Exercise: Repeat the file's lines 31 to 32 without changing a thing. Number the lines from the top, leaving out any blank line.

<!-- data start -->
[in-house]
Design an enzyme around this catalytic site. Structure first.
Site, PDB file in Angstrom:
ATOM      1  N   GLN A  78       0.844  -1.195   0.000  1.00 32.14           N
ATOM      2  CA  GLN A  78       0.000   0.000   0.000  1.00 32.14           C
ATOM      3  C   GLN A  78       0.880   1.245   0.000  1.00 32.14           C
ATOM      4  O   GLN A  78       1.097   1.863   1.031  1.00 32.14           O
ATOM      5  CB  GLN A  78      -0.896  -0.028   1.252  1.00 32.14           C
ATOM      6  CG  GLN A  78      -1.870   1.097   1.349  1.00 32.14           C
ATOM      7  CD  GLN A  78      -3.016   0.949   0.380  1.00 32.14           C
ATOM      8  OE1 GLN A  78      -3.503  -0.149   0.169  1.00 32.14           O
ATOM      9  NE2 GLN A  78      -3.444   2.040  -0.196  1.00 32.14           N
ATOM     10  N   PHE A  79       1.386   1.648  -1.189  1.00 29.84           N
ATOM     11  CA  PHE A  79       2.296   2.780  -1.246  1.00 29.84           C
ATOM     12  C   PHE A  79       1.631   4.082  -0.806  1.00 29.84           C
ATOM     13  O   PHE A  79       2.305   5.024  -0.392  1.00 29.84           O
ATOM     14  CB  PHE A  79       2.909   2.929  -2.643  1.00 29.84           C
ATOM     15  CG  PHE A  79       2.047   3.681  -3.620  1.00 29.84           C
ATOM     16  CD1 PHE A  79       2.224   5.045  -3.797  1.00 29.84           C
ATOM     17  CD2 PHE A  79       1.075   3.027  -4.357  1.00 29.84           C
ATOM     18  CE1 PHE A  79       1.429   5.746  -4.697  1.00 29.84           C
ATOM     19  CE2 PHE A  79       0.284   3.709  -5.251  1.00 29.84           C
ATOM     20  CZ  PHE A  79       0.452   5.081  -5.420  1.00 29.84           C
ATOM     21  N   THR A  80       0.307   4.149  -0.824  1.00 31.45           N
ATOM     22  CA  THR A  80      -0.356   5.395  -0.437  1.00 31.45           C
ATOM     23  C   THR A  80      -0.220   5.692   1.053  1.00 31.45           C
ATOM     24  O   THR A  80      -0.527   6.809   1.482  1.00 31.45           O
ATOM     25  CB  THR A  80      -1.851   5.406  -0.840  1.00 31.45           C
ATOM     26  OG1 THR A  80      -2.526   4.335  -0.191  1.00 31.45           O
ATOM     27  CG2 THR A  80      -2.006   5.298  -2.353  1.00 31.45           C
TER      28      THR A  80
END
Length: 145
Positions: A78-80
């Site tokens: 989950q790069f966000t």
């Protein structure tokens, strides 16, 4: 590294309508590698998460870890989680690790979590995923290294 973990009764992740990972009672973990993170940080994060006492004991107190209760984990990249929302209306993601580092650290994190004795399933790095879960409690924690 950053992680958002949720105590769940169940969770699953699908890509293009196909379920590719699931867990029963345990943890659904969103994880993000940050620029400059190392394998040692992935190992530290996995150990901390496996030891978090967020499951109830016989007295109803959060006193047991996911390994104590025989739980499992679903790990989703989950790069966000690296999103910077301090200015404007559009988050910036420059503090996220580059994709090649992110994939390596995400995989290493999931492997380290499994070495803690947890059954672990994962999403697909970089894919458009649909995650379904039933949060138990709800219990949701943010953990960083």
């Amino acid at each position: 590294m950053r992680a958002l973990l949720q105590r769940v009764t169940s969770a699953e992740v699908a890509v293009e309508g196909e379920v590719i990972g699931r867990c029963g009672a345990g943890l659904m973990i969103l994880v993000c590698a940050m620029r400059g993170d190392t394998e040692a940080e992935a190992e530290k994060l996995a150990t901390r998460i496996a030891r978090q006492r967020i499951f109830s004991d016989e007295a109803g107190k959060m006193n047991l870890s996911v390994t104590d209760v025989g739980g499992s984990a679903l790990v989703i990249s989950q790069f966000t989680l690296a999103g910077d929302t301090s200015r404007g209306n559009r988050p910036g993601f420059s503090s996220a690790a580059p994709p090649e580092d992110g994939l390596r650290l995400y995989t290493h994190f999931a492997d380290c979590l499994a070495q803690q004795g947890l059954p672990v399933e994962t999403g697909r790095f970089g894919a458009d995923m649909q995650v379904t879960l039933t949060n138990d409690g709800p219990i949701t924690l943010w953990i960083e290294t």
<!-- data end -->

TER      28      THR A  80
END